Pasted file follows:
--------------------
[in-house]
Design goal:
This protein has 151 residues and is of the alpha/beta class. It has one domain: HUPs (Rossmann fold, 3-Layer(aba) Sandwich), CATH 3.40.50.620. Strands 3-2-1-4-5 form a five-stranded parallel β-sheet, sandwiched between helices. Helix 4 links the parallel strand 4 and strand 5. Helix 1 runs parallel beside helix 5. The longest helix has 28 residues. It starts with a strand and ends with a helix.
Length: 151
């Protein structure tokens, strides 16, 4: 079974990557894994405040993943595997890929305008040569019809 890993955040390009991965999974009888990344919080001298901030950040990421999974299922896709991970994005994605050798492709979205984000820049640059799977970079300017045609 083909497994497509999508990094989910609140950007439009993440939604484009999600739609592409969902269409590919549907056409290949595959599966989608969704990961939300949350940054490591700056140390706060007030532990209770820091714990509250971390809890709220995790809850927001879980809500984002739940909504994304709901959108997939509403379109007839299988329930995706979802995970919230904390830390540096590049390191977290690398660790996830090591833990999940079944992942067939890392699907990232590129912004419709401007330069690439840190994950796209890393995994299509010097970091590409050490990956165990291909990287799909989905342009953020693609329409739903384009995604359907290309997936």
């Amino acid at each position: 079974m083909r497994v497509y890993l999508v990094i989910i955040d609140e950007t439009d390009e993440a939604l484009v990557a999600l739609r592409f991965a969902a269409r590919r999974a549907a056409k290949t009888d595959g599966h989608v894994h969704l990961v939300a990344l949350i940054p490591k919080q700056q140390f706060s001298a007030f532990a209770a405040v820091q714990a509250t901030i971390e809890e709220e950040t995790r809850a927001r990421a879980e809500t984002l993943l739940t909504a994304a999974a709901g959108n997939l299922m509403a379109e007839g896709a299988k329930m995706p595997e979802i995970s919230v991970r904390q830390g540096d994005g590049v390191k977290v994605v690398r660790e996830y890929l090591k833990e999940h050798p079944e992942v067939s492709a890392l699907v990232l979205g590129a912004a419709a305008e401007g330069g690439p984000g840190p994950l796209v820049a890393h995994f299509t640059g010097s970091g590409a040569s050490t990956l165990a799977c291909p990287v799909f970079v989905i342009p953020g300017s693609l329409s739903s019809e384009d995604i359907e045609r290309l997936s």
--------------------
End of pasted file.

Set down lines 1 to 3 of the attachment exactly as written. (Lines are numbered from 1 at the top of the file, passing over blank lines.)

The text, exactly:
[in-house]
Design goal:
This protein has 151 residues and is of the alpha/beta class. It has one domain: HUPs (Rossmann fold, 3-Layer(aba) Sandwich), CATH 3.40.50.620. Strands 3-2-1-4-5 form a five-stranded parallel β-sheet, sandwiched between helices. Helix 4 links the parallel strand 4 and strand 5. Helix 1 runs parallel beside helix 5. The longest helix has 28 residues. It starts with a strand and ends with a helix.